On April 10, members of the New York Region had an outing at The Noguchi Museum in Long Island City, Queens, for a special lecture of the popup event Contested Histories: Art and Artifacts from the Allen Hendershott Eaton Collection and a tour of the exhibition No Monument: In the Wake of the Japanese American Incarceration.
The Japanese American National Museum brought Contested Histories, a collection of art and craft objects created by Japanese Americans while in incarceration camps during World War II, to The Noguchi Museum. Clement Hanami, JANM’s Vice President of Exhibitions and Art Director, gave a group of USJC NYC members a presentation about the artifacts—more than 400 photographs, sculptures, paintings, vases, nameplates, and other items made by incarcerated Japanese Americans—and explained how these items were transferred to JANM in 2015.
The outing also included a tour of No Monument led by its guest curators, Genji Amino and Christina Hiromi Hobbs. This group exhibition, which contained some items on loan from Contested Histories, marked the 80th anniversary of the signing of Executive Order 9066, which effectively paved the way for the U.S. government to incarcerate 120,000 people of Japanese descent during WWII.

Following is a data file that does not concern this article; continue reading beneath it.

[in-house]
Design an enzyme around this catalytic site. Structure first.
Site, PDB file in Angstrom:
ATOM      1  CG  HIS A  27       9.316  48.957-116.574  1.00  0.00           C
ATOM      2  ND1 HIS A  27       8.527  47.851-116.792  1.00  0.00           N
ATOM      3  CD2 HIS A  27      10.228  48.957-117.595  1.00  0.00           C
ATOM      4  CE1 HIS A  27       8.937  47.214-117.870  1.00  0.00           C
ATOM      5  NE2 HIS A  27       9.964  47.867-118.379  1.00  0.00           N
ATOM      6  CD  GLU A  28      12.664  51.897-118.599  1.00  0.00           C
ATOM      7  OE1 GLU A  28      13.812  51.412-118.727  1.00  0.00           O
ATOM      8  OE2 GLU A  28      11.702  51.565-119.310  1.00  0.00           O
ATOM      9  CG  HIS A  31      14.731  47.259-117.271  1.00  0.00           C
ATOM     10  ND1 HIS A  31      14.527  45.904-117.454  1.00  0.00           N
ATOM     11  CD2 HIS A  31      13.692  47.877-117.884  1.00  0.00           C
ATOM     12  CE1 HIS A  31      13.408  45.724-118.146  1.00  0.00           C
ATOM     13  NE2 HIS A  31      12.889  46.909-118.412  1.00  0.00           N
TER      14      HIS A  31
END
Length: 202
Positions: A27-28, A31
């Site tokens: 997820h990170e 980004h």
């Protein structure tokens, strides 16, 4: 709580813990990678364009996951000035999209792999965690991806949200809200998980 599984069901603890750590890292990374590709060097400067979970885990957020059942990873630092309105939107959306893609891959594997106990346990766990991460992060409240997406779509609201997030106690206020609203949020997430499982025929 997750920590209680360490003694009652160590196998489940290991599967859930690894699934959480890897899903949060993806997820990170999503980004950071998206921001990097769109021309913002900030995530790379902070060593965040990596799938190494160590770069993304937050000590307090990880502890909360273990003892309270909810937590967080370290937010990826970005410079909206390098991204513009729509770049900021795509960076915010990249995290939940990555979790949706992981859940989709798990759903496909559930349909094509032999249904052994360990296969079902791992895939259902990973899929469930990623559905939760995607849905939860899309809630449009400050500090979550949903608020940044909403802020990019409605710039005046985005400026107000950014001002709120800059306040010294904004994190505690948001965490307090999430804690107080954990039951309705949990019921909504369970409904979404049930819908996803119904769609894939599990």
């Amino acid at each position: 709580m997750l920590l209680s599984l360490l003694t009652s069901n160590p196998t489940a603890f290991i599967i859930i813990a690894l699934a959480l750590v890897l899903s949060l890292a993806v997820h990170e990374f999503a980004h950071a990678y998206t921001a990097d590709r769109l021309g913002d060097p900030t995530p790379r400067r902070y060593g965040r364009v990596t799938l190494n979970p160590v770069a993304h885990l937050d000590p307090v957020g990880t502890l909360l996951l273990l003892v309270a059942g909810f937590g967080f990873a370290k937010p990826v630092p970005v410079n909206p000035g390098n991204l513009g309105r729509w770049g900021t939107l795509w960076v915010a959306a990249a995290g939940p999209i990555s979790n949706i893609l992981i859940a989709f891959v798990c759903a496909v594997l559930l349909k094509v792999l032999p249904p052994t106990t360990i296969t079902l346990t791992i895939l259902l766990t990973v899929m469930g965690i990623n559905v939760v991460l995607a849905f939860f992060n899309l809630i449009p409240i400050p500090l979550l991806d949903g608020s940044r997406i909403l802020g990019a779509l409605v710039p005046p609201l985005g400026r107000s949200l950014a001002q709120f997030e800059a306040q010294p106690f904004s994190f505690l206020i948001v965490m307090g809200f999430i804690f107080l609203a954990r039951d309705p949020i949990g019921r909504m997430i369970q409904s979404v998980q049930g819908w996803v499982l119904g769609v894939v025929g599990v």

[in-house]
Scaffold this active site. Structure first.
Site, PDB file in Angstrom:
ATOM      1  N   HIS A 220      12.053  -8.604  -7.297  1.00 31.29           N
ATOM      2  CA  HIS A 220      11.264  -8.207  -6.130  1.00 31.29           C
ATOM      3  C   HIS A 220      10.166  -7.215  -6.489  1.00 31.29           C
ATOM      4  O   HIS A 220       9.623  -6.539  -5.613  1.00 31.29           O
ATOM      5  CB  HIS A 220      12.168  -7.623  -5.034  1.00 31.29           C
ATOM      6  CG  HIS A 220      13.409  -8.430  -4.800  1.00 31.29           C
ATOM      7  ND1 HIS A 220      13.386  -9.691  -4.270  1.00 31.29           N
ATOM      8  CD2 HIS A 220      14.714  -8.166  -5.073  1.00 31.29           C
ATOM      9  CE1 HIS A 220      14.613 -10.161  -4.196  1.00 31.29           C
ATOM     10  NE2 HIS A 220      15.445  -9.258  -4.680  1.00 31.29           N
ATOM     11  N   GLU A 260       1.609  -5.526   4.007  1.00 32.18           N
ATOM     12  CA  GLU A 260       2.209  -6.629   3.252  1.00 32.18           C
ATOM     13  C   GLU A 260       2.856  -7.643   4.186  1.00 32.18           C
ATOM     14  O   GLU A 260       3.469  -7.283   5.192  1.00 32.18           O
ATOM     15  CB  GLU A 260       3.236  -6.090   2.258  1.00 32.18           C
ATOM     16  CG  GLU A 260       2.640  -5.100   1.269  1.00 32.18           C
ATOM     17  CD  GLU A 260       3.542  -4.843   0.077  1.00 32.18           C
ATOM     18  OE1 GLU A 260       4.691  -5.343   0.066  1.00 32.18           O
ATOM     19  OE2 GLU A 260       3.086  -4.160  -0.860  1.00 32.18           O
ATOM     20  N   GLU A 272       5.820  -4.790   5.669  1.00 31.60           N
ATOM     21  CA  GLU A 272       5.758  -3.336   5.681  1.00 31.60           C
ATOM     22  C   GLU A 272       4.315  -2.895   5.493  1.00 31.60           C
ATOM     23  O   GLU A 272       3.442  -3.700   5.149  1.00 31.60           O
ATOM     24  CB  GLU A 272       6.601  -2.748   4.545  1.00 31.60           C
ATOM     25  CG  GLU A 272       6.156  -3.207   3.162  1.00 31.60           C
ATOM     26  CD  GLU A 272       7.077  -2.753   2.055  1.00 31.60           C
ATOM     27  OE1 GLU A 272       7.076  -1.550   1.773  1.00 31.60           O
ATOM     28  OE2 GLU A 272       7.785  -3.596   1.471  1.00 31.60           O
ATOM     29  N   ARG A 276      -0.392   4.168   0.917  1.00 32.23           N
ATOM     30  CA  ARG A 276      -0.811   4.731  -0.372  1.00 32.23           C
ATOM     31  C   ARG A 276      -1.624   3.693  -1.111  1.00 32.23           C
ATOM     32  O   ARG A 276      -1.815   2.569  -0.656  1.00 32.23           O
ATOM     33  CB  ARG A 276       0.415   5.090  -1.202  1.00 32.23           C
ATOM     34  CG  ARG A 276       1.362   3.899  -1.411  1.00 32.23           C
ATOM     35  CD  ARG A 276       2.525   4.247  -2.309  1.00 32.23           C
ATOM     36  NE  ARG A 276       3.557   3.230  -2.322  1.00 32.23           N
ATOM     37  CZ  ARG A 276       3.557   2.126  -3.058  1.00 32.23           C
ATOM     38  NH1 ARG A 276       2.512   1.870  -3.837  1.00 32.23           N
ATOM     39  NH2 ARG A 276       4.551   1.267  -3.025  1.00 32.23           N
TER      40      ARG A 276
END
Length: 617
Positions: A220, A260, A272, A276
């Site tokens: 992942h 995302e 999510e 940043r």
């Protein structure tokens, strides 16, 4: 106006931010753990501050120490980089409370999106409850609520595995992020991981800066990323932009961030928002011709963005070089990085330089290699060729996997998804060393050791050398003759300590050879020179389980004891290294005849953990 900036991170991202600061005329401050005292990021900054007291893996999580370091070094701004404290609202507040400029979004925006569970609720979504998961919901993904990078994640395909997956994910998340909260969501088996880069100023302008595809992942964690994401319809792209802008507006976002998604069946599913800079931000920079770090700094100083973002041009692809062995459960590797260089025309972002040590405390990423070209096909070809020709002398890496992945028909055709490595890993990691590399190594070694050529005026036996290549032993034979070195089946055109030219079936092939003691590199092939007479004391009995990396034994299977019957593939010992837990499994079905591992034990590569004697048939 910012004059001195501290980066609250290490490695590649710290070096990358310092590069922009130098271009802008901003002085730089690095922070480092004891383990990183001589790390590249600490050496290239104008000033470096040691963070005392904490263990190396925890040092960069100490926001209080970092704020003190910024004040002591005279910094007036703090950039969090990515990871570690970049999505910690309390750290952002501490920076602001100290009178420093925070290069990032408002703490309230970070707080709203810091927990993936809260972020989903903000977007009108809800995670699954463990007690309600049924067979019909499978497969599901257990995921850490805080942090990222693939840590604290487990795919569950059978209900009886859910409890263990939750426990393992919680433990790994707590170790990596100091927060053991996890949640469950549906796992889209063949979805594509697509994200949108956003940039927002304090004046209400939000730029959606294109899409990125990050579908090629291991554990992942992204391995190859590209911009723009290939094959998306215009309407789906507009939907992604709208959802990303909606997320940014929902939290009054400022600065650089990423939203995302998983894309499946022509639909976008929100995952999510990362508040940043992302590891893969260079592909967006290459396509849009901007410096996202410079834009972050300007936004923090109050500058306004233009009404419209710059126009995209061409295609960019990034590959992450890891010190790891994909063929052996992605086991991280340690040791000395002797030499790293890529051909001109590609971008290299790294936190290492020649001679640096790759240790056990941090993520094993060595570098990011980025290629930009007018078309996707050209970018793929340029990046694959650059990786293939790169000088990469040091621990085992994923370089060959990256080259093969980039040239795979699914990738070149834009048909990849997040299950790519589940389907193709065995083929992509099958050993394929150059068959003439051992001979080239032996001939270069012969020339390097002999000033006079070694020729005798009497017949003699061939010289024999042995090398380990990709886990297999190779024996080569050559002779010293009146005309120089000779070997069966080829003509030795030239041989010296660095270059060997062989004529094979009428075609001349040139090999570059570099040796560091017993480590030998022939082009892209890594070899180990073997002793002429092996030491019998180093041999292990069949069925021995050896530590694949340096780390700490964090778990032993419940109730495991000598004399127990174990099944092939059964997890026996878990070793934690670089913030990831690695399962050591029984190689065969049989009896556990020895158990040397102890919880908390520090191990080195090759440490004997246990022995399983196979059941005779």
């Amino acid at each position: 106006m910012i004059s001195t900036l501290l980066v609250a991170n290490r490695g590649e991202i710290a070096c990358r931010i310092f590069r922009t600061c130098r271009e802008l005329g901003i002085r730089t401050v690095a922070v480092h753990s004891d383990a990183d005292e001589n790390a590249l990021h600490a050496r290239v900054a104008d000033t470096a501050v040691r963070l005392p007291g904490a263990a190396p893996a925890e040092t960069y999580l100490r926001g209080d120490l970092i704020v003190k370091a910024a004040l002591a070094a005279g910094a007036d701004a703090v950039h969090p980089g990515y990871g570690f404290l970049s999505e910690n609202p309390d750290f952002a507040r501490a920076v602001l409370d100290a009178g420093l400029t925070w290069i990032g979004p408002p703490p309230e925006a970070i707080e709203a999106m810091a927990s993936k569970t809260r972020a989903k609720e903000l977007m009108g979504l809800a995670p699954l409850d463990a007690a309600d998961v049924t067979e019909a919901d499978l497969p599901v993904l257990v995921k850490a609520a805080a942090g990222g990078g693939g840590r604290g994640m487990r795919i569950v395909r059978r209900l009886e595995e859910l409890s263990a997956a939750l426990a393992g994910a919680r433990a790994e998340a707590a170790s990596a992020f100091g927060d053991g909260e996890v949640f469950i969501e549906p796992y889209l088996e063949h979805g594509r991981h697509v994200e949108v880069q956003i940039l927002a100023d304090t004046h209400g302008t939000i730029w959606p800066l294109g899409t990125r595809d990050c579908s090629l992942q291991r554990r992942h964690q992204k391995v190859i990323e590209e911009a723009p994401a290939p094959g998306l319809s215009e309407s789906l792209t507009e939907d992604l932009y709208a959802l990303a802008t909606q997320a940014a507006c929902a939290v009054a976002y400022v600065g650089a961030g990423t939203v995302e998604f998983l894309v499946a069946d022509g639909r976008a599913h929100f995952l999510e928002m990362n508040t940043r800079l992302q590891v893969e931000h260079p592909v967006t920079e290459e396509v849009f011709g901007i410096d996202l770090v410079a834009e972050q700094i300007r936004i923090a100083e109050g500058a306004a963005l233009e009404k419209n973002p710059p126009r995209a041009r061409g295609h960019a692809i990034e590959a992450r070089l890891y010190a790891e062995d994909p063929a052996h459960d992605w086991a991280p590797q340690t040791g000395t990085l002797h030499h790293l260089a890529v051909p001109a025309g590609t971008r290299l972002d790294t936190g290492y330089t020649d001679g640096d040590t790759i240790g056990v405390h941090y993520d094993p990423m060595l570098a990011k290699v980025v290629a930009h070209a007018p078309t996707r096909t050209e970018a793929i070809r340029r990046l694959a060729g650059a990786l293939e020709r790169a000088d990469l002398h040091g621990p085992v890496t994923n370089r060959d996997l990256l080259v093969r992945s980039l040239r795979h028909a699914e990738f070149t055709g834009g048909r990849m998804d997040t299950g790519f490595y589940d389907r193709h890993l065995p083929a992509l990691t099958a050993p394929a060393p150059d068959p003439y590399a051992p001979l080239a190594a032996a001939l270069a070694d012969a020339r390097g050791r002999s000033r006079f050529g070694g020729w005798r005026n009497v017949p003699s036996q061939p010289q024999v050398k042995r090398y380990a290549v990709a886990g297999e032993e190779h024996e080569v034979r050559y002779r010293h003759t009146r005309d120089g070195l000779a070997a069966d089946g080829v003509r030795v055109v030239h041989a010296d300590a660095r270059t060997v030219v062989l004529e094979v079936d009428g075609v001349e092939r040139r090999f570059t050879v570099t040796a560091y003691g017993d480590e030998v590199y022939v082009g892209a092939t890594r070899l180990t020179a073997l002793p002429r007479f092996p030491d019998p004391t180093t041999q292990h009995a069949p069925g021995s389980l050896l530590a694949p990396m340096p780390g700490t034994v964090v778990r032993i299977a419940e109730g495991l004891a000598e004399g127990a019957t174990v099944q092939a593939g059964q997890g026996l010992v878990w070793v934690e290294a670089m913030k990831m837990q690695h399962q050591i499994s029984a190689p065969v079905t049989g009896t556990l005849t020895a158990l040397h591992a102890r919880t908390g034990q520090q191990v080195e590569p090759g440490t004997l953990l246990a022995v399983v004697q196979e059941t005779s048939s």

Afterward, several attendees had a no-host dinner at a dim sum restaurant in Manhattan. Although the subject matter of the exhibitions was somber, the outing was an enlightening and educational get-together for the New York Region.
Many thanks to JANM for providing the bus service from Midtown Manhattan to the museum and to USJC Council Leaders Susan Onuma and Julie Azuma for coordinating the logistics with JANM.
Thank you to Susan McCormac for providing the above write-up and Julie Azuma for providing photos!